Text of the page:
In Bali, Indonesia, where he participates in the IMF and World Bank Annual Meetings, Adriano Maleiane argued that it is important for the Fund to assume a role of "guarantor" of the economic policies that are being pursued and to continue to "provide technical assistance ".
The minister explained that this aid should continue "in the field of resource mobilization", in the area of tax administration, in the preparation of projects ", so that the IMF can then convey the message that Mozambique is" on track " especially after advancing with "successful fiscal consolidation and difficult measures such as the elimination of subsidies." That is, "recognize the effort" and send the message to the markets that Mozambique "is on the right track," he admitted.
On the other hand, the Minister of Finance defended a program to be agreed with institutions such as the World Bank. "The program we need is a program of structural reform, for example within the World Bank, of other specialized institutions. This we need a lot ", especially at the level of infrastructures, schools, education, roads," he said.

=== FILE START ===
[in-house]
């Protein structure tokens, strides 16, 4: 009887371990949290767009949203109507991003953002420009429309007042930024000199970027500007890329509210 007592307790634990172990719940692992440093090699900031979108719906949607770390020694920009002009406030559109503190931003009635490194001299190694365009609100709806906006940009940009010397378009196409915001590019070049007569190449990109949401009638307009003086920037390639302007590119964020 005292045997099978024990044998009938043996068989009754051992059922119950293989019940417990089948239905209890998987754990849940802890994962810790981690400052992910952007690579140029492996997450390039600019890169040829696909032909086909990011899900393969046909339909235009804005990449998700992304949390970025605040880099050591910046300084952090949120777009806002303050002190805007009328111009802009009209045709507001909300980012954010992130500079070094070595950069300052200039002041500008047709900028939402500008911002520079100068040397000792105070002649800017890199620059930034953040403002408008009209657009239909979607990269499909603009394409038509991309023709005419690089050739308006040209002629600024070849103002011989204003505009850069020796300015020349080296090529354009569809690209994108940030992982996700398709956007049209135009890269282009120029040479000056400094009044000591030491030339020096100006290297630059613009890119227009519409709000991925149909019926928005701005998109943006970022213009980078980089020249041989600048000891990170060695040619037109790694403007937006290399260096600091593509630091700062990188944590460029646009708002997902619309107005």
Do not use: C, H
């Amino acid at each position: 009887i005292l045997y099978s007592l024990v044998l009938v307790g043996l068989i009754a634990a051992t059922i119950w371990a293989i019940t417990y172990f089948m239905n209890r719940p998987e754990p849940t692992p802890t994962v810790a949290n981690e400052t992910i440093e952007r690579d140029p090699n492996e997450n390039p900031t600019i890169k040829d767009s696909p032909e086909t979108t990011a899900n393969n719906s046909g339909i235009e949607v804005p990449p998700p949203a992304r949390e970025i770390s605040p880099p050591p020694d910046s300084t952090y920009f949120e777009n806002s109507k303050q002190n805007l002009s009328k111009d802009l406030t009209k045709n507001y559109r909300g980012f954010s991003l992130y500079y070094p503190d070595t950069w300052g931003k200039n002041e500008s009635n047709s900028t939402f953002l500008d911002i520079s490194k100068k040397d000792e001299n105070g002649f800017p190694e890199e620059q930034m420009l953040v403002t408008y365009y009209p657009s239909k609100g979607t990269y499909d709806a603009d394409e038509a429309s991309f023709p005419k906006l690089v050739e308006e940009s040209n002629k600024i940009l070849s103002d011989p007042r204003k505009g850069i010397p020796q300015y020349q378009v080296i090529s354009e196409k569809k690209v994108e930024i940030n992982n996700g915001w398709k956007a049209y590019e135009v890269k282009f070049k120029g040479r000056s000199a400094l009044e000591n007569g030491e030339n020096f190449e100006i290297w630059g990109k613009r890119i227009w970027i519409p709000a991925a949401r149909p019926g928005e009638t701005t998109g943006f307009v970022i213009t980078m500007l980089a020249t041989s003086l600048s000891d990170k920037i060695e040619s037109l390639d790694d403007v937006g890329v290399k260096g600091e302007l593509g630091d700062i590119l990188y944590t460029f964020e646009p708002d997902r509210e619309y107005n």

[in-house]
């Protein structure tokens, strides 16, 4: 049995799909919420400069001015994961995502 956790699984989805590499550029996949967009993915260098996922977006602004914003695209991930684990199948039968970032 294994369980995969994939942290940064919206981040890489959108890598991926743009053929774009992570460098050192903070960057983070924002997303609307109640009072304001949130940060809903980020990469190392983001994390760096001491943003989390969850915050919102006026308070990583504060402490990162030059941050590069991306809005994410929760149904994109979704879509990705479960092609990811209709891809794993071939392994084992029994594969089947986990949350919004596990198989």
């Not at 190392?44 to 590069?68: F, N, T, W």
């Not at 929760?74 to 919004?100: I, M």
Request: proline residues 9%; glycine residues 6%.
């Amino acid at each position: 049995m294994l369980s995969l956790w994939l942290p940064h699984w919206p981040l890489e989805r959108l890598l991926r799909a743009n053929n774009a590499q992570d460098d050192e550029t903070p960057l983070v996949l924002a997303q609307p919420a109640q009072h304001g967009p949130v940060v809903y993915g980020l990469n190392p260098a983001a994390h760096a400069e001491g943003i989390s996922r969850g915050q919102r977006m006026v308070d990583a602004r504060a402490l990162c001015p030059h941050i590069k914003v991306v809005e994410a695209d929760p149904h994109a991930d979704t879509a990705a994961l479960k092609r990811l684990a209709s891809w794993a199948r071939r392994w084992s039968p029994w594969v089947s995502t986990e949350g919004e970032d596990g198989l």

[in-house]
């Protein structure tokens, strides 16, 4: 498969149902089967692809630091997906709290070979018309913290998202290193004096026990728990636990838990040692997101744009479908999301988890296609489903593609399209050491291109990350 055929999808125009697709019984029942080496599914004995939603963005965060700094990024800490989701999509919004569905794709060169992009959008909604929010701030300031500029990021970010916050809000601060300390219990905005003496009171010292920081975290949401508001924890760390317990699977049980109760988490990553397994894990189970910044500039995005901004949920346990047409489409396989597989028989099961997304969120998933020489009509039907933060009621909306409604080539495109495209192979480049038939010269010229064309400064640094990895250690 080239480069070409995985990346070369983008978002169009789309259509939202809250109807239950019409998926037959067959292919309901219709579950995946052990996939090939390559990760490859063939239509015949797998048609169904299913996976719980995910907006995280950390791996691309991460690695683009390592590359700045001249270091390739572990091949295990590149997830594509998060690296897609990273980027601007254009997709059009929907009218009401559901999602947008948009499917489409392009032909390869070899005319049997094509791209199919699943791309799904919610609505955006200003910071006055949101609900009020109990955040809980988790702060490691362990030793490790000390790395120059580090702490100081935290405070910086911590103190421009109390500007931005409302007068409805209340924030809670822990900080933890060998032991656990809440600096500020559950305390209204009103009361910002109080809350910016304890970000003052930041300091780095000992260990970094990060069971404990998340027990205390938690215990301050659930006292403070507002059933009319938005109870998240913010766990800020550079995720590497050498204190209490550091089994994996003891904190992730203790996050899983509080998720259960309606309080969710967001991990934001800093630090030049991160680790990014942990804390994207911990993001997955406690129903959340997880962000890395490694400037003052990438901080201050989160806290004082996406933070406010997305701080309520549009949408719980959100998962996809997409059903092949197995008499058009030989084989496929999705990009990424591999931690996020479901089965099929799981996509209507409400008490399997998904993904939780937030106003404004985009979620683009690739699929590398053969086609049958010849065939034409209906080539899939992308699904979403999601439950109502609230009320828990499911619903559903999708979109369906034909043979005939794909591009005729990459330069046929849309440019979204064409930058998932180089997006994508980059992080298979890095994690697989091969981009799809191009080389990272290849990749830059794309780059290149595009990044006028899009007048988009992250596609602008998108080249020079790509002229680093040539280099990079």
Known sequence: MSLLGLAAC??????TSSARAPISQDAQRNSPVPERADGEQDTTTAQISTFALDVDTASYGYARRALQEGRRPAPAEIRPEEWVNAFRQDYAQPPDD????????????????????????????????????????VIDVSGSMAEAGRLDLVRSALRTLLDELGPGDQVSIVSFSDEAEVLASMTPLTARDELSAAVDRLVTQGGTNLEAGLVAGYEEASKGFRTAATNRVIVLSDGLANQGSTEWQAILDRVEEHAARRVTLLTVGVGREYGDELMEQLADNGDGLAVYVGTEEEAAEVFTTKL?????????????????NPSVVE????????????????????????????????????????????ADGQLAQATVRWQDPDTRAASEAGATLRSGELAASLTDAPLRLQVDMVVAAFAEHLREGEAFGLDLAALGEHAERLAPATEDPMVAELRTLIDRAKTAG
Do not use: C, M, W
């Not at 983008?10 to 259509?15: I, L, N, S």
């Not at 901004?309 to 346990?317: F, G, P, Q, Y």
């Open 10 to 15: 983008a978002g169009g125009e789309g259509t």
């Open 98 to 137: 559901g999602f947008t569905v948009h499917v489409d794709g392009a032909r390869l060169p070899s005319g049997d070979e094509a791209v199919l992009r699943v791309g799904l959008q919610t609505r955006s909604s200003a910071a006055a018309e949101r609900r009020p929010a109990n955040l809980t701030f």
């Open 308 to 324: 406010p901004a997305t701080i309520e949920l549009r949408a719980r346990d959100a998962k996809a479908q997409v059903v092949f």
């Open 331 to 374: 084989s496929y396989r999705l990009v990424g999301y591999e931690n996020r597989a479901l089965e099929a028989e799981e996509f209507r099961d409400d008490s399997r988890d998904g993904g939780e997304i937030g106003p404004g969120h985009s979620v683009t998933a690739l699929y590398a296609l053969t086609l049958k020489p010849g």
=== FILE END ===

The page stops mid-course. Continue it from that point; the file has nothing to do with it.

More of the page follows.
The International Monetary Fund anticipates a rise in public debt in Mozambique over the next five years, rising from 112.9% in 2018 to 130.7% in 2022, before falling to 122.1% in 2023.
According to the 'monitor monitor', released on Wednesday in Bali, where the annual meetings of the IMF and the World Bank take place, Mozambique's public debt will increase in the next five years to 118.7% in the next year, with a peak of 130.7% in 2022.
The average public debt value in sub-Saharan Africa will be 41.7% this year, almost three times less than the IMF's projection for Mozambique's indebtedness.
By the end of September, the financial rating agency Fitch had decided to keep Mozambique's default rating due to the Government's inability to reach an agreement with creditors or pay public debt installments.
The rating agency Fitch anticipates a 3.5% growth for Mozambique this year, down from 3.7% last year, and a budget deficit of 5.7% or 6.9%, including arrears.